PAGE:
ROBERT McNAMARA has had four careers: Harvard professor, Ford Motor Company executive, secretary of defense, and president of the World Bank. But as he bounds up the curving staircase to his room at the River Club here, taking the steps two at a time, you might peg him for a fifth career - as athlete. Upstairs, as he turns his attention to the agenda for the 21st century, his mind proves equally athletic. He speaks with the rapid-fire vitality of a thinker seized by the subject and impelled by its urgency. Not surprisingly for a man with his background in defense and development issues, he singles out two central items for his agenda.Skip to next paragraph
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The first is the nuclear threat, which is the subject of his new book, ``Blundering into Disaster: Surviving the First Century of the Nuclear Age.''
``After all,'' he says, ``if we can't survive as a civilized world, then there's no time to work on any other subject.''
The other item he describes as ``the population problem - not as a density problem, but rather as an imbalance of population growth rates on the one hand and social and economic rates of advance on the other.''
It is a problem, he says, that is ``going to cause very, very serious economic, social, political, and perhaps even military problems'' for the 21st century.
Ranked below these two ``high leverage'' issues, he says, are three others:
East-West political tensions, which he argues are ``distorting our allocation of economic resources.''
A loss of some of the traditional moral values of American democracy.
The need for new forms of institutions fitted to a changing world.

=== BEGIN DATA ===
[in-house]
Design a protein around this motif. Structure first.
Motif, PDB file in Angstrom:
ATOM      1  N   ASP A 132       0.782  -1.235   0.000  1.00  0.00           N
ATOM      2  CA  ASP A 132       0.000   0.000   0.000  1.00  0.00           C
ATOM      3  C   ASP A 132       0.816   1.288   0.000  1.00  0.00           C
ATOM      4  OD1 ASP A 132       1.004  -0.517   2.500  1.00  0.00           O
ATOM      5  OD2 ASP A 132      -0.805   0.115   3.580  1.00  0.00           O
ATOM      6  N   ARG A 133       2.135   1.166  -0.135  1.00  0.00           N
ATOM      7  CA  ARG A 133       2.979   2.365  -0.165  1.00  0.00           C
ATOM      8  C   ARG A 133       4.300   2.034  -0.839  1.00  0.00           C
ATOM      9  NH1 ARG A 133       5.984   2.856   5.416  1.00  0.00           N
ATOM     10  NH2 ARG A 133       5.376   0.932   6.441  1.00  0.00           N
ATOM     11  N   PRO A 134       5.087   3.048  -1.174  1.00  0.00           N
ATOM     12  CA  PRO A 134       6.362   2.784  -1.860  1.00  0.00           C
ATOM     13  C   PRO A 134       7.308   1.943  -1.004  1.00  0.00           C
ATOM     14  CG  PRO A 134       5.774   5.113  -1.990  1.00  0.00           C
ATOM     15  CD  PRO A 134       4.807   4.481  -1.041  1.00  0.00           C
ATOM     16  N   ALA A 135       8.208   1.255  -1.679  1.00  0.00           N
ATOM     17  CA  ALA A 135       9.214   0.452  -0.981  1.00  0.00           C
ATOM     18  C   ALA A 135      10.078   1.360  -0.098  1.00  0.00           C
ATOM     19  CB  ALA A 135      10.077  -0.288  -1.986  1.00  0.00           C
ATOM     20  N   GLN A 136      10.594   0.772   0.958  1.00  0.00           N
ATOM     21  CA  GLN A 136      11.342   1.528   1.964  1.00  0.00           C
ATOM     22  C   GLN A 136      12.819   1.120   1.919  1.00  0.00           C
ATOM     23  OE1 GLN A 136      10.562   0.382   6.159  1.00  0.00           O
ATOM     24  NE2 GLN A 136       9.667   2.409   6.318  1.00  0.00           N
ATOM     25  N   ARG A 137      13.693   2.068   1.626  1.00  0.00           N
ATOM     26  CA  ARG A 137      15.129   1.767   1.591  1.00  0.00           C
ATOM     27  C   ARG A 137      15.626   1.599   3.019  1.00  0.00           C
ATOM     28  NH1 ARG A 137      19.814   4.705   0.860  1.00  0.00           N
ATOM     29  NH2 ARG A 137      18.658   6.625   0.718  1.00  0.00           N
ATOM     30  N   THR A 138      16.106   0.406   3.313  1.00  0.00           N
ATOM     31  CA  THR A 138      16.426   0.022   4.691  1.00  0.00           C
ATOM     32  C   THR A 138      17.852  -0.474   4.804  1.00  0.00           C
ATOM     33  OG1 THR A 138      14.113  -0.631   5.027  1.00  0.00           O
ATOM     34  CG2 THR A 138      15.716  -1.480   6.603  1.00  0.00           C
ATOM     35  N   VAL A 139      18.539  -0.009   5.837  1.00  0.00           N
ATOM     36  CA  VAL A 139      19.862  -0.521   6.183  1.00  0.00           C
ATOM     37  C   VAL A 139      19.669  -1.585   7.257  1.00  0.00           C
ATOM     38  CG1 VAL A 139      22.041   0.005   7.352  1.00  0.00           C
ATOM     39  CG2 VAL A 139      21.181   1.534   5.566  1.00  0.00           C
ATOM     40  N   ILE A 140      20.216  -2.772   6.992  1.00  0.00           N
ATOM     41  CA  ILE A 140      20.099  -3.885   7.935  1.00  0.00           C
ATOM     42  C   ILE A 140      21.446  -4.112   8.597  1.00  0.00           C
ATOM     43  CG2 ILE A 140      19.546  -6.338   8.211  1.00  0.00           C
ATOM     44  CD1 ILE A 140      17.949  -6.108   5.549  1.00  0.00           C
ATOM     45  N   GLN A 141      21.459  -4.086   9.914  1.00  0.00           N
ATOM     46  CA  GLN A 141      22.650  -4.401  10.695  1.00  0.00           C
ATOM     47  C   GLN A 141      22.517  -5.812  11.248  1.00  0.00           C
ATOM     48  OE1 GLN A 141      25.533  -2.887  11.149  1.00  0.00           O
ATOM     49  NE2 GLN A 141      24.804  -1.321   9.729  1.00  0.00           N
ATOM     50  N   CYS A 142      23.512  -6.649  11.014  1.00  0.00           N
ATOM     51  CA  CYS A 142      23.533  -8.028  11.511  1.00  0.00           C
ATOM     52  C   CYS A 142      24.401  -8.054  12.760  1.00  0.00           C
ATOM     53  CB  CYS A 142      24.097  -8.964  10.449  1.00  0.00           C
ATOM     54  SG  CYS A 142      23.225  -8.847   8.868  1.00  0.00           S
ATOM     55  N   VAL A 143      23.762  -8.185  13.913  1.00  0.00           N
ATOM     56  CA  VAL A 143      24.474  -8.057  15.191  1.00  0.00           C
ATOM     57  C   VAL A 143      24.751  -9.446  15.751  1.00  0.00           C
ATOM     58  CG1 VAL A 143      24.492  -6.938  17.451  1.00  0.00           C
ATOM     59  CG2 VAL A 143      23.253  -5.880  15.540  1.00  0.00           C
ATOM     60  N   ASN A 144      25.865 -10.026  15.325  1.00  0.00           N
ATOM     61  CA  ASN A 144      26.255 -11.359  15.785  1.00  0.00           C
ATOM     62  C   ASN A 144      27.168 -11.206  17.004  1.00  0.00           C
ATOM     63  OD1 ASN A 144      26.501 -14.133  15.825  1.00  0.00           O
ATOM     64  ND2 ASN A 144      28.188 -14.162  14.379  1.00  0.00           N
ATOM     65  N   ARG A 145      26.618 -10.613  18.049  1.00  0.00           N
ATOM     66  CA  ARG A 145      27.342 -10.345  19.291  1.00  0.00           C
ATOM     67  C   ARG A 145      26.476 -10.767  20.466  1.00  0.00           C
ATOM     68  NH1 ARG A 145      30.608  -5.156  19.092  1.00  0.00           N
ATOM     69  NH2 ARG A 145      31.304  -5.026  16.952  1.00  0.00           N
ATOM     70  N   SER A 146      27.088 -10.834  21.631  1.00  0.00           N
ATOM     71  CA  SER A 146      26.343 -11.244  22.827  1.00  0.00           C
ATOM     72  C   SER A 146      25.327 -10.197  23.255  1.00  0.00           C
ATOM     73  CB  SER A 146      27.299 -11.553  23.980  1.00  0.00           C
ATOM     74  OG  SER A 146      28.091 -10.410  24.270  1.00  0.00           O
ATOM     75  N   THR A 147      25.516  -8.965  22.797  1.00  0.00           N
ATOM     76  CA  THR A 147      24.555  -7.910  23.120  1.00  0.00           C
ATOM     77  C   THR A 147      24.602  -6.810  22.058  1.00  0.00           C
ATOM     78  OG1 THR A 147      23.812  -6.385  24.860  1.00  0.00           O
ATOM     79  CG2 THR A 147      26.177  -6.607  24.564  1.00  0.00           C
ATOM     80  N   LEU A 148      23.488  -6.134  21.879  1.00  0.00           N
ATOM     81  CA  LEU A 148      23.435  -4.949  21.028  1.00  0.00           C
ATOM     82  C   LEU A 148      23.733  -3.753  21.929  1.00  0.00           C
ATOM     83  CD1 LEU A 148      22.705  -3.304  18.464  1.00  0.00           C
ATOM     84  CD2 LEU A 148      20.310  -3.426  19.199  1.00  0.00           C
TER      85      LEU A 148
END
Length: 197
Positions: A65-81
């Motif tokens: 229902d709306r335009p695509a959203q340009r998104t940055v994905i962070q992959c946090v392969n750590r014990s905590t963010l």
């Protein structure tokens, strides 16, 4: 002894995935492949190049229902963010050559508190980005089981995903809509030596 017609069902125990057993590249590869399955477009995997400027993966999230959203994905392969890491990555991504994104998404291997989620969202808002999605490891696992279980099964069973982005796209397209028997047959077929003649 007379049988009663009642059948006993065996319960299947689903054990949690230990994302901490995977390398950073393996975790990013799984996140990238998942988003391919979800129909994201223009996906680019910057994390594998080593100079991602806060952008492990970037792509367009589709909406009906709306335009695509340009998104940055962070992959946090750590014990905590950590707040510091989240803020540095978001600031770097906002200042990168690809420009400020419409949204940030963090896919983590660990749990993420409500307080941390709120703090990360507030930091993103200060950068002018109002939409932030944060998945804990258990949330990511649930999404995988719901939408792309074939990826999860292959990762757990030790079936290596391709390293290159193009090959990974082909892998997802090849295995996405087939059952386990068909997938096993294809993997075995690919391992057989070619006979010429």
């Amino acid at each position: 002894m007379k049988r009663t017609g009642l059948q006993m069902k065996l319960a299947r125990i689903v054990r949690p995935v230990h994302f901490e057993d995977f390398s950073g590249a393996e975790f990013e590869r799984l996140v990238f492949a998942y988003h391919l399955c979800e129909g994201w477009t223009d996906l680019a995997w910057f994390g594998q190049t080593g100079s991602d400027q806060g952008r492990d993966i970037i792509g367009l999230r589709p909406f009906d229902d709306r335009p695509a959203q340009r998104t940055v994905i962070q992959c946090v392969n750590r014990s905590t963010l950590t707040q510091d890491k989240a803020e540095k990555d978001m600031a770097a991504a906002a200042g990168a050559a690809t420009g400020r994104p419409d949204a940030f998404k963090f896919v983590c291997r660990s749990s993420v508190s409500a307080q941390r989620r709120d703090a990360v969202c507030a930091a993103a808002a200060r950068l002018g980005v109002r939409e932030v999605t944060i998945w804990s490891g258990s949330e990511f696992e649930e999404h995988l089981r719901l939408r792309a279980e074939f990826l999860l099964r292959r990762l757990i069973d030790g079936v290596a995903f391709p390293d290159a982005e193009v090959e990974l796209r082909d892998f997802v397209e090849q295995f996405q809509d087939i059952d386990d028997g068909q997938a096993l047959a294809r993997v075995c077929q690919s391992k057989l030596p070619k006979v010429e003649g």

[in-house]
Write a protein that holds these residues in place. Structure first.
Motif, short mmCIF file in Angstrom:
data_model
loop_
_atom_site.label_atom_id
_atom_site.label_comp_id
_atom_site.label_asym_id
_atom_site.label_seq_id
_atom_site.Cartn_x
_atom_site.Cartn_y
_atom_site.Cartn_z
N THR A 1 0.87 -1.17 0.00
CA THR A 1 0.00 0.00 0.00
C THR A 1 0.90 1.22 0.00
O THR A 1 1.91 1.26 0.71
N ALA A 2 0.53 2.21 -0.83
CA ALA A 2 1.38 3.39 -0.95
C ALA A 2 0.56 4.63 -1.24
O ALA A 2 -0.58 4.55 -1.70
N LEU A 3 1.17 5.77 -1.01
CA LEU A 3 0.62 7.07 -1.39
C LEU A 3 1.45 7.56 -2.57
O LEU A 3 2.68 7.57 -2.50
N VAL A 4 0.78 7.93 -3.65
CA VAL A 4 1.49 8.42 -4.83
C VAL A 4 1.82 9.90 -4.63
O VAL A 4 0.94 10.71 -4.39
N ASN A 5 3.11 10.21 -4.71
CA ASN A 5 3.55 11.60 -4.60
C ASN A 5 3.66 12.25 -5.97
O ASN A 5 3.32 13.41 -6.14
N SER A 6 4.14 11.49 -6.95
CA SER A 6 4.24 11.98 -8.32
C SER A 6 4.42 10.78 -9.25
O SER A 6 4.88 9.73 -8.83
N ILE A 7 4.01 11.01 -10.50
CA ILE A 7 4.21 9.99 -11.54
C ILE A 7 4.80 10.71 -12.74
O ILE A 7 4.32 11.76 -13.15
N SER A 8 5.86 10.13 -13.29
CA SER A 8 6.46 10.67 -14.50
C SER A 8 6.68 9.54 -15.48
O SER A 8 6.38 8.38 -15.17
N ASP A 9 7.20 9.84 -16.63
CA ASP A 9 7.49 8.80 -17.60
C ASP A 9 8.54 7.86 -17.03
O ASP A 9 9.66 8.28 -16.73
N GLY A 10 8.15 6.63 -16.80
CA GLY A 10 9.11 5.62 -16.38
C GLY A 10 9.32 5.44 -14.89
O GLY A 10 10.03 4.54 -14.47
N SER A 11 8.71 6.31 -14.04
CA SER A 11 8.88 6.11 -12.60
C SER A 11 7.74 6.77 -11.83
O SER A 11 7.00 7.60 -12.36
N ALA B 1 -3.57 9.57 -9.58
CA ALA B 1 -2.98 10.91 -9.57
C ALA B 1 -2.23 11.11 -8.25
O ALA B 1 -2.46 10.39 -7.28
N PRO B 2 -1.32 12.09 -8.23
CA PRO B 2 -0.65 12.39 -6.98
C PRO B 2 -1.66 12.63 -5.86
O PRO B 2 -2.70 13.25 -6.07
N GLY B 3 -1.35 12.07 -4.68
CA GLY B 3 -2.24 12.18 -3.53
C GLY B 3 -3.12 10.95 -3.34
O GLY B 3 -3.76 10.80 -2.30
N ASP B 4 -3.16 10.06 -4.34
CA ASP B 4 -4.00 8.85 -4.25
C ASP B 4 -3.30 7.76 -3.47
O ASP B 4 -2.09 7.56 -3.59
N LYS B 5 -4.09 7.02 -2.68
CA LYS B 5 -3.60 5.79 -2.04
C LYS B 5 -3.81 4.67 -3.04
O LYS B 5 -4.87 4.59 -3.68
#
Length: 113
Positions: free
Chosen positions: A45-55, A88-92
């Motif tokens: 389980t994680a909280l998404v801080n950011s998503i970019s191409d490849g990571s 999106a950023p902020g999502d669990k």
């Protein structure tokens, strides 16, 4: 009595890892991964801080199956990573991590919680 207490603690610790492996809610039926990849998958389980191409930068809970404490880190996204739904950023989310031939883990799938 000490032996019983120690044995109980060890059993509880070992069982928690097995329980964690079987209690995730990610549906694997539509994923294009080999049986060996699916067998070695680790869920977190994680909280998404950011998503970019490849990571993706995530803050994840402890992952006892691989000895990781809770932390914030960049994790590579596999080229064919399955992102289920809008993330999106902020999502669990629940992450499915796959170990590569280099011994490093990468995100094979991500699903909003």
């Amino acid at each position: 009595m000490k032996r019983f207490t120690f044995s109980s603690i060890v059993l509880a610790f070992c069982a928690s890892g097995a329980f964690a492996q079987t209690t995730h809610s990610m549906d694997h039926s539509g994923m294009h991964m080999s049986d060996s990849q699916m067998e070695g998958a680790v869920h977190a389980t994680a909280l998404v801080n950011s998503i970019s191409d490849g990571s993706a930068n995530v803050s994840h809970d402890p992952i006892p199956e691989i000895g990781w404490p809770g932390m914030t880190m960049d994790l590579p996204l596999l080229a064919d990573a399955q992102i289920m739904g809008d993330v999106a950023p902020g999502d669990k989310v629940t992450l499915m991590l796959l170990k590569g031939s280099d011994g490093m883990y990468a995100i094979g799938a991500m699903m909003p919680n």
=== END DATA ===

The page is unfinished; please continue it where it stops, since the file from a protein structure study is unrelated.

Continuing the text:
On this last point, Mr. McNamara does not expect to see the development of a world government. But he notes that ``in 50 to 100 years from now, we [in the United States] will find it's in our interest to transfer from national sovereignty to international institutions certain of the powers that we exercise now as a nation-state.''
``The longer we delay in addressing some of these issues - the East-West tensions, the institutional forms appropriate for an increasingly interdependent world, the return to our national traditions - the greater difficulty we're going to face in the 21st century,'' he concludes.
Turning to his first agenda item, McNamara discounts the argument that the West's nuclear strategy - which he finds seriously flawed - has preserved peace since World War II. ``I think it's extremely dangerous,'' he asserts, ``to carry on our present strategy and our present weapons-development programs, in the direction they're headed, for another 40 years.''
The danger, he says, arises ``because of the environment we're in. We are in a world with 50,000 nuclear warheads - each one, on average, some 30 times the destructive power of that dropped on Hiroshima and Nagasaki.'' What nuclear war plans omit `WAR plans covering their use are in existence - and there is, in effect, a mind-set that would assure their use in the event of confrontation between East and West,'' he explains, condensing arguments he has developed at greater length in his book.
``And yet,'' he adds, ``no plan exists for initiating the use of nuclear weapons without the probable destruction of the civilization in the initiator.''
How dangerous is the threat of such conflict?
``I don't believe that any well-informed, coolly rational military or civilian leader on either side, East or West, would initiate the use of nuclear weapons,'' he says. ``But it has been my experience - and I think it is a widely shared experience - that military and civilian leaders in times of crisis are neither well informed nor coolly rational.''
``And I, for one, am not prepared to accept the risk that these [East-West] political rivalries will not, over a period of decades, upon occasion lead to military confrontation,'' he adds.
What, then, can be done?